undo (bound to
C-x u by default) will restrict its action to the active region, if there is one:
In Transient Mark mode when the mark is active, only undo changes within
the current region. Similarly, when not in Transient Mark mode, just C-u
as an argument limits undo to changes within the current region.
That allows to you undo changes in any arbitrary contiguous block of text. Emacs includes
mark-paragraph out of the box, bound to
M-h by default. That means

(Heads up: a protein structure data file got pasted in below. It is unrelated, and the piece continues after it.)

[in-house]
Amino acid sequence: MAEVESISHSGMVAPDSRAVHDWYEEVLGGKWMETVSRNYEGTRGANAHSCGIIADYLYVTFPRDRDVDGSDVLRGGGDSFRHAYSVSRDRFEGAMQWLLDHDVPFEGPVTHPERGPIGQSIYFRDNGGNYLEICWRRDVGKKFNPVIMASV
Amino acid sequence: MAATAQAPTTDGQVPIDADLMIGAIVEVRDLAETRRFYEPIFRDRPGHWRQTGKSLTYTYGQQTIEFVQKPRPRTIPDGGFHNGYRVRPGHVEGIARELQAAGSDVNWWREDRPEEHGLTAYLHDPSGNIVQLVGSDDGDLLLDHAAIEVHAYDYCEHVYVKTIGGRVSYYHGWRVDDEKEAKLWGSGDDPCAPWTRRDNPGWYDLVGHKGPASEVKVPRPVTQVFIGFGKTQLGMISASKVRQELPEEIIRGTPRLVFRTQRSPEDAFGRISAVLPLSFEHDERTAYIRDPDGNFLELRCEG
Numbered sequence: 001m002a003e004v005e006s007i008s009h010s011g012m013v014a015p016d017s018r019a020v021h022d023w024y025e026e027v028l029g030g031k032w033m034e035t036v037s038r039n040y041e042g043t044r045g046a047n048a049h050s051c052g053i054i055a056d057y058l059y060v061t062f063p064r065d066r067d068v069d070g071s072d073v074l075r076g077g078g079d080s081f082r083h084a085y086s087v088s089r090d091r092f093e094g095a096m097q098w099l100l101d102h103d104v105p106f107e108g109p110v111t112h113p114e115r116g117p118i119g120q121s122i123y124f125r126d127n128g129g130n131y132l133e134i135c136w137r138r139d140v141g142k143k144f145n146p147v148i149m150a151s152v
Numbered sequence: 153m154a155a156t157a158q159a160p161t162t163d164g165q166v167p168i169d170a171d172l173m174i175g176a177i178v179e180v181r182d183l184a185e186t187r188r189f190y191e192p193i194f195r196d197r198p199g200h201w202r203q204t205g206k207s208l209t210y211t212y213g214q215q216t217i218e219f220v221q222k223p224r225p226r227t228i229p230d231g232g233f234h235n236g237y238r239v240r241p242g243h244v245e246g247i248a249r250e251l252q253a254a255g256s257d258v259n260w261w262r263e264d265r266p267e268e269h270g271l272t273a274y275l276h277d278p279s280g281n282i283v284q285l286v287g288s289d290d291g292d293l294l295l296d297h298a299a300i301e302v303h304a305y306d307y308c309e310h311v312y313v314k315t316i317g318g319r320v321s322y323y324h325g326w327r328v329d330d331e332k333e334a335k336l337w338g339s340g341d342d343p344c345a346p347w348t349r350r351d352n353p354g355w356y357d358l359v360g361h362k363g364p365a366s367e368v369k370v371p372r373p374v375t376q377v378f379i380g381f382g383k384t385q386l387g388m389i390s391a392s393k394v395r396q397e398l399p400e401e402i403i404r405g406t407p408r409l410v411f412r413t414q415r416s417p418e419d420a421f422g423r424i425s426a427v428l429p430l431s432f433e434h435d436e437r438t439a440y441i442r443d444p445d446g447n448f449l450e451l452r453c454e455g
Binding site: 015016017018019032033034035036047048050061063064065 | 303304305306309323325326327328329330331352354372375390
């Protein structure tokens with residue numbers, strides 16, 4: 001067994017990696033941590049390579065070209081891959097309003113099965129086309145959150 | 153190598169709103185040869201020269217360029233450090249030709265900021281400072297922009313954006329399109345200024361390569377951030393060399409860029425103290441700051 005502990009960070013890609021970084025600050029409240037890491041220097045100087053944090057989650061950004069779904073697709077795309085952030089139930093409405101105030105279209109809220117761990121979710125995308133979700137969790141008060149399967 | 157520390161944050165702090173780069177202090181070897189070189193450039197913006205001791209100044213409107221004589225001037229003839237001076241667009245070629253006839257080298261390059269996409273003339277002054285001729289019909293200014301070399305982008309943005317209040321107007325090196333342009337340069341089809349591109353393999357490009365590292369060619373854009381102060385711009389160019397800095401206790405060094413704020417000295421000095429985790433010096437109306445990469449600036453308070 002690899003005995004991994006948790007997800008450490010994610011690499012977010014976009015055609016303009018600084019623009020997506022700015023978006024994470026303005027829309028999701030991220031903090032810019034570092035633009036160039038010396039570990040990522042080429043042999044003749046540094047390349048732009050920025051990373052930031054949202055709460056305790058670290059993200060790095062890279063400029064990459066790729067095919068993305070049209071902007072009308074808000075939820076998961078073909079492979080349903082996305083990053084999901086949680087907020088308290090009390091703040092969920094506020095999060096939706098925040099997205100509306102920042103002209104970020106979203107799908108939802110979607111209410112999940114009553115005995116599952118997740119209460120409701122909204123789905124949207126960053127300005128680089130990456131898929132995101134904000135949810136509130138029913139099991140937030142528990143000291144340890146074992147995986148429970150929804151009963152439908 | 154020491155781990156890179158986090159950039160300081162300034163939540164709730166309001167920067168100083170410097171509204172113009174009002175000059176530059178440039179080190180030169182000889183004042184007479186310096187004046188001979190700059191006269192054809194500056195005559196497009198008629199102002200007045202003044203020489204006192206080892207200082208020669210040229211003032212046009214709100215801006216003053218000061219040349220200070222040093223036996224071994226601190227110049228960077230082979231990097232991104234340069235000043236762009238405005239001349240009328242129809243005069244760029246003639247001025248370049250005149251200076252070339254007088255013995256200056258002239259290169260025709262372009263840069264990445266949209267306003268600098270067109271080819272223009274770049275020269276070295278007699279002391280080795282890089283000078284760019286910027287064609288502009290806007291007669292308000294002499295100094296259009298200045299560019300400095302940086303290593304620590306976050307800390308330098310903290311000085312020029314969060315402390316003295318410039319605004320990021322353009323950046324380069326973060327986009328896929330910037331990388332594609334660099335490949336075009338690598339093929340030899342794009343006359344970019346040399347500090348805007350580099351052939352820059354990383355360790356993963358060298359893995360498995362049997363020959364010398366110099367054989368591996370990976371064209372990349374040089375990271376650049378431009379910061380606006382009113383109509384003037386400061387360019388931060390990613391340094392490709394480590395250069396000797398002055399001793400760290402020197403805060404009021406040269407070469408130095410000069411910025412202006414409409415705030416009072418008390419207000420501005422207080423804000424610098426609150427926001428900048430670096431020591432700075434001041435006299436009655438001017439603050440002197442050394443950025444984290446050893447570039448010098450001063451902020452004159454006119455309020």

M-h C-/ (followed by as many repetitions of
C-/ as you need) will progressively undo changes to the highlighted paragraph.
We don't have a
mark-line function by default. You can mark the line 'by-hand' with:
C-a C-space C-e, and then use
C-x u etc) to undo changes to just that line.
Moving to the beginning (
C-a) or end (
C-e) of the line, and setting the mark (
C-space) are things that you do so frequently in Emacs that after a while it just becomes part of your muscle memory. Meaning, I wouldn't gain much by wrapping this up in a special-purpose function. However, you certainly could do that, and you might want to use the
mark-line function from
misc-cmds that @Charles mentioned to do that.